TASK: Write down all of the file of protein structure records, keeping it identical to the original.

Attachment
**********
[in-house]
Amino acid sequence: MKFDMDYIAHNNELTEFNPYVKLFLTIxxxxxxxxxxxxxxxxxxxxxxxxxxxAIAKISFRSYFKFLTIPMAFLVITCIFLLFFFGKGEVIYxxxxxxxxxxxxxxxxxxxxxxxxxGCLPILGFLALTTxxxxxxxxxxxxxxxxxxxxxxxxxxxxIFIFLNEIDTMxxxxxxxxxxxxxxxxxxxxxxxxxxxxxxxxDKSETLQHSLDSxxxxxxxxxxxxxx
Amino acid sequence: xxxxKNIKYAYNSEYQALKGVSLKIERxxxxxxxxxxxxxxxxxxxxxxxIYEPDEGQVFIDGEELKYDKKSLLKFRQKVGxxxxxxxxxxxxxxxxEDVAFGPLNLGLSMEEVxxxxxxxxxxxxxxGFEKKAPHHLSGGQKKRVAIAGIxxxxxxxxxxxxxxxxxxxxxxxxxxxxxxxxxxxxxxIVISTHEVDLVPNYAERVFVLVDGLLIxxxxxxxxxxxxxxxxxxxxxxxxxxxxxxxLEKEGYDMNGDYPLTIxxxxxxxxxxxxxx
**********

[in-house]
Amino acid sequence: MKFDMDYIAHNNELTEFNPYVKLFLTIxxxxxxxxxxxxxxxxxxxxxxxxxxxAIAKISFRSYFKFLTIPMAFLVITCIFLLFFFGKGEVIYxxxxxxxxxxxxxxxxxxxxxxxxxGCLPILGFLALTTxxxxxxxxxxxxxxxxxxxxxxxxxxxxIFIFLNEIDTMxxxxxxxxxxxxxxxxxxxxxxxxxxxxxxxxDKSETLQHSLDSxxxxxxxxxxxxxx
Amino acid sequence: xxxxKNIKYAYNSEYQALKGVSLKIERxxxxxxxxxxxxxxxxxxxxxxxIYEPDEGQVFIDGEELKYDKKSLLKFRQKVGxxxxxxxxxxxxxxxxEDVAFGPLNLGLSMEEVxxxxxxxxxxxxxxGFEKKAPHHLSGGQKKRVAIAGIxxxxxxxxxxxxxxxxxxxxxxxxxxxxxxxxxxxxxxIVISTHEVDLVPNYAERVFVLVDGLLIxxxxxxxxxxxxxxxxxxxxxxxxxxxxxxxLEKEGYDMNGDYPLTIxxxxxxxxxxxxxx